The systems integration between Safeway and Morrisons could result in the largest consulting deal signed in the...
UK retail industry so far, outstripping the £1.5bn contract signed by Sainsbury’s and Accenture in 2000, industry experts have predicted.
Last week’s departure of Safeway chief information officer Ric Francis from the newly merged supermarket chain signalled the start of a complex IT integration programme between the two companies.
Francis’ departure reflects the “low-tech” approach of Morrisons, which has turned its back on IT initiatives, such as loyalty cards, e-commerce and advanced supply chain systems, said Tom Friedman, chief executive of consultancy Retail Systems Alert.
In contrast, Safeway has been at the leading edge of IT development among UK retailers, trialling innovative technology such as RFID and electronic shelf-edge labelling and being the first in the UK to implement chip and Pin fully.
“Morrisons has good supply chain expertise but it has not got much IT knowledge,” Friedman said. “This project could result in a significant consulting engagement – the biggest ever in retail - because of this lack of expertise. Safeway has advanced systems, but a significant amount of expertise has left because the deal has taken so long to go through.”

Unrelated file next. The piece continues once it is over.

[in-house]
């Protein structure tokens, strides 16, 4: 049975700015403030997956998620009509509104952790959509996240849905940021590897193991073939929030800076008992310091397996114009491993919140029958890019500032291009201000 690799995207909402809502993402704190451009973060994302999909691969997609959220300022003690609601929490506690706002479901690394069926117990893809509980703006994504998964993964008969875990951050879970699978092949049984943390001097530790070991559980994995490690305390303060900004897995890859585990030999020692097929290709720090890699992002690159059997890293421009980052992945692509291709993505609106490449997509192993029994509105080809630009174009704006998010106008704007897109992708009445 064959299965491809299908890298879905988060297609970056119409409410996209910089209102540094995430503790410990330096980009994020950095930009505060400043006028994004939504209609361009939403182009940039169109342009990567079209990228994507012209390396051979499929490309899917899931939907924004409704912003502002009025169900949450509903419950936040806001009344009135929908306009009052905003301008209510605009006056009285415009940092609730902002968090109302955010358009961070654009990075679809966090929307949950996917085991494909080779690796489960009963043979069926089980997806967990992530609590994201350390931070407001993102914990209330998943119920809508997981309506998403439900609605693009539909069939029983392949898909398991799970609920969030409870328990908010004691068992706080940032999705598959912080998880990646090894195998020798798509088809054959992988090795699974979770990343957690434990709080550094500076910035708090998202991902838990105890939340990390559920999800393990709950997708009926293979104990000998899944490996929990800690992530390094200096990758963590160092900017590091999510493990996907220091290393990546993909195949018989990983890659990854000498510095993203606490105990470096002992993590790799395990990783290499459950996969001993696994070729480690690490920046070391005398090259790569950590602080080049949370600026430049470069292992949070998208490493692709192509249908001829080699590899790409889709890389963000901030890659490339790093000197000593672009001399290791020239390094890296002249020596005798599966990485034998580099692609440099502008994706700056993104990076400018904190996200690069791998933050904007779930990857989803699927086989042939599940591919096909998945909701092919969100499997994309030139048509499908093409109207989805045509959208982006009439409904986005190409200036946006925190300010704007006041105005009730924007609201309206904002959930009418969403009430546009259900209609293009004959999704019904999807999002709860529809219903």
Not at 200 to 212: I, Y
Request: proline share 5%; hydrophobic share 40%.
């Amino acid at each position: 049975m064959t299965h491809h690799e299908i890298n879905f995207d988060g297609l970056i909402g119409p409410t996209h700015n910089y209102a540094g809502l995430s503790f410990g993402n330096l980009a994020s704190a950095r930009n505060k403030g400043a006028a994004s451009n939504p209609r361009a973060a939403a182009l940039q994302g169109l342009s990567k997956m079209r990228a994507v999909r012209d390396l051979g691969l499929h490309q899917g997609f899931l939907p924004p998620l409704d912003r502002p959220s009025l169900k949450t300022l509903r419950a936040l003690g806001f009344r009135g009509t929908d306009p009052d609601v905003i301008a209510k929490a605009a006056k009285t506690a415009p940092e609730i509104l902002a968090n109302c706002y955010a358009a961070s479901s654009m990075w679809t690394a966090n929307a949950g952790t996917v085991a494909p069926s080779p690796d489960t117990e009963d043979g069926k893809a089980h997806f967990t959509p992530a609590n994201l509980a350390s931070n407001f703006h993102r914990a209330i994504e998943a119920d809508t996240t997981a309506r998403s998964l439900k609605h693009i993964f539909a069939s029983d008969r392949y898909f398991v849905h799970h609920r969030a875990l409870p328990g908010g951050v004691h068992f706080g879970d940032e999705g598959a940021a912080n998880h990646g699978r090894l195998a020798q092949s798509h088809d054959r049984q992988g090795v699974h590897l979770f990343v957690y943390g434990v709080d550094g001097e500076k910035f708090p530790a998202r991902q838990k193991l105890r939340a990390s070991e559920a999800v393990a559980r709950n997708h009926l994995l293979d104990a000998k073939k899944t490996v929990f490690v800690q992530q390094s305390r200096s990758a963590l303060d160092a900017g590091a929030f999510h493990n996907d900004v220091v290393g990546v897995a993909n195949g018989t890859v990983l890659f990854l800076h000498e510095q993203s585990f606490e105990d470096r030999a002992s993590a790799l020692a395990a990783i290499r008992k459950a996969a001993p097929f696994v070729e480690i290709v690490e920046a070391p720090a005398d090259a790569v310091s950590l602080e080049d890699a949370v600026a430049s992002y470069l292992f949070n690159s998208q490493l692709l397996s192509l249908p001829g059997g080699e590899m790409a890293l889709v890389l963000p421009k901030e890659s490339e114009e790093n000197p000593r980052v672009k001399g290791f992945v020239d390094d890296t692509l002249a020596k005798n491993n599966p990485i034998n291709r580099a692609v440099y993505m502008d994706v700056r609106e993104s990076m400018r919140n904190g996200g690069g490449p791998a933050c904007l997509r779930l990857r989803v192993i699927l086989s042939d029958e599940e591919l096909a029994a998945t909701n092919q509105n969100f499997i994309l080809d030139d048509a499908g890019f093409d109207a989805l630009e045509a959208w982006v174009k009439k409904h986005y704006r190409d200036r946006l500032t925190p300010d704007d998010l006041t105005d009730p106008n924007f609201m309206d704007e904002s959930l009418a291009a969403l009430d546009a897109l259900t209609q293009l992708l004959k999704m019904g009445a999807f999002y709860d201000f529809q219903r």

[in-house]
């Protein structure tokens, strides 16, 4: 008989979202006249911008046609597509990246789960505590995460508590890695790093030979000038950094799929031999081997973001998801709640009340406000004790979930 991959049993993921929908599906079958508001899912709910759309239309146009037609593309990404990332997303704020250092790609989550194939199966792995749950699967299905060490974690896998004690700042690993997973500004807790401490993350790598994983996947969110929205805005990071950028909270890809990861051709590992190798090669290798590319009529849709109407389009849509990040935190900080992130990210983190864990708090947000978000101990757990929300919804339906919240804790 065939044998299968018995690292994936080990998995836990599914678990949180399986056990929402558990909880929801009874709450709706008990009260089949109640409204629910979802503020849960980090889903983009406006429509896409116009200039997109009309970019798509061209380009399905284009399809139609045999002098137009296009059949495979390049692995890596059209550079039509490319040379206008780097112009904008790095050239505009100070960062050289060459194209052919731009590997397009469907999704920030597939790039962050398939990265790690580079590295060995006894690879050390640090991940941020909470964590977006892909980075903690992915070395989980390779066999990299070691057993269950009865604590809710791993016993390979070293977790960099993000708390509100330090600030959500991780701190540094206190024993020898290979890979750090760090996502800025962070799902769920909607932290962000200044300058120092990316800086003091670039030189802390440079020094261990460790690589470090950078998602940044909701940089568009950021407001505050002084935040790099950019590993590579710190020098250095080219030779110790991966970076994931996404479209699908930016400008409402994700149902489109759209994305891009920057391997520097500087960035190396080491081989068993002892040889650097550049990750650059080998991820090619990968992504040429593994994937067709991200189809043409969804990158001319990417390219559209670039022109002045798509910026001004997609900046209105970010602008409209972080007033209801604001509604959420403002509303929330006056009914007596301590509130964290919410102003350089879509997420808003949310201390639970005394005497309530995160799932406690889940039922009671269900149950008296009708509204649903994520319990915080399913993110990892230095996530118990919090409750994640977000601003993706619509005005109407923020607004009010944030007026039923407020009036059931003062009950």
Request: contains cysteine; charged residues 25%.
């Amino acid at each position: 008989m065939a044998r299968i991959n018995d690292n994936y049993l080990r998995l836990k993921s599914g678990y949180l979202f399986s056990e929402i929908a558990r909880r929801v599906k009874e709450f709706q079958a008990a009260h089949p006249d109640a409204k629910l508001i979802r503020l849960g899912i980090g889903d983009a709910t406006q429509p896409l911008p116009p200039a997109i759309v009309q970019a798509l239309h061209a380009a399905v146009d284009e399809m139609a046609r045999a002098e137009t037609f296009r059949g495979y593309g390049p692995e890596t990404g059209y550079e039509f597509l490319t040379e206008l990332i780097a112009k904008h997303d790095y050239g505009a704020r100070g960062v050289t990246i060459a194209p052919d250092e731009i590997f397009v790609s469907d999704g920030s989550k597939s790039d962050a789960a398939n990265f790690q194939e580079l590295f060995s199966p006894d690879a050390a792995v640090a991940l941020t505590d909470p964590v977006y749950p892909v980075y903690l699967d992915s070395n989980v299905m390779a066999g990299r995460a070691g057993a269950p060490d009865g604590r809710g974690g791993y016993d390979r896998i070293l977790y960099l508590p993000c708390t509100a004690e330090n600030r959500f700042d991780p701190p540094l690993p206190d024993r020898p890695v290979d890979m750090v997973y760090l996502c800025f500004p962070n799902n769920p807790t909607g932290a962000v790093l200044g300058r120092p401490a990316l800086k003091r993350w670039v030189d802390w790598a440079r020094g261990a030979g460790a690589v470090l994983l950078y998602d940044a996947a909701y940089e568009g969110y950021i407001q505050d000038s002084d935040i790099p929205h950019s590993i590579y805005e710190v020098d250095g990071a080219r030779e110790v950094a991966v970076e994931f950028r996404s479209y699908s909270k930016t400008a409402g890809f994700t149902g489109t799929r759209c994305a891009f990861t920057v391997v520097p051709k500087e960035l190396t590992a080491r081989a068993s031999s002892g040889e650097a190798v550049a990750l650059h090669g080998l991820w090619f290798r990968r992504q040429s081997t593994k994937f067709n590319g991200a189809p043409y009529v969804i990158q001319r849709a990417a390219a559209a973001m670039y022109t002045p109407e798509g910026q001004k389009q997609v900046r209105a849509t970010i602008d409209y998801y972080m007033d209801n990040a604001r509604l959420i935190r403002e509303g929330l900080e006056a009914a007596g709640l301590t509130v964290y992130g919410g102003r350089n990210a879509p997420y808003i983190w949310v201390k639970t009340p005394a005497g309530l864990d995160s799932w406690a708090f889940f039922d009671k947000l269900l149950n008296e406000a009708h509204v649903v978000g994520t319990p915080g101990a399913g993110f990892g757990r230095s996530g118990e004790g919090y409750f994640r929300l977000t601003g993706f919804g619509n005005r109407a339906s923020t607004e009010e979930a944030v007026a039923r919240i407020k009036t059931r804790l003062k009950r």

Morrisons, which has brought in restructuring experts from accountants Deloitte & Touche, expects to spend around £1.6bn integrating the two businesses with a completion target of 2007.
The company also plans to cut up to 1,200 head-office jobs in a bid to cut annual costs by £75m, but further plans will not be revealed until the 90-day staff consultation period is over.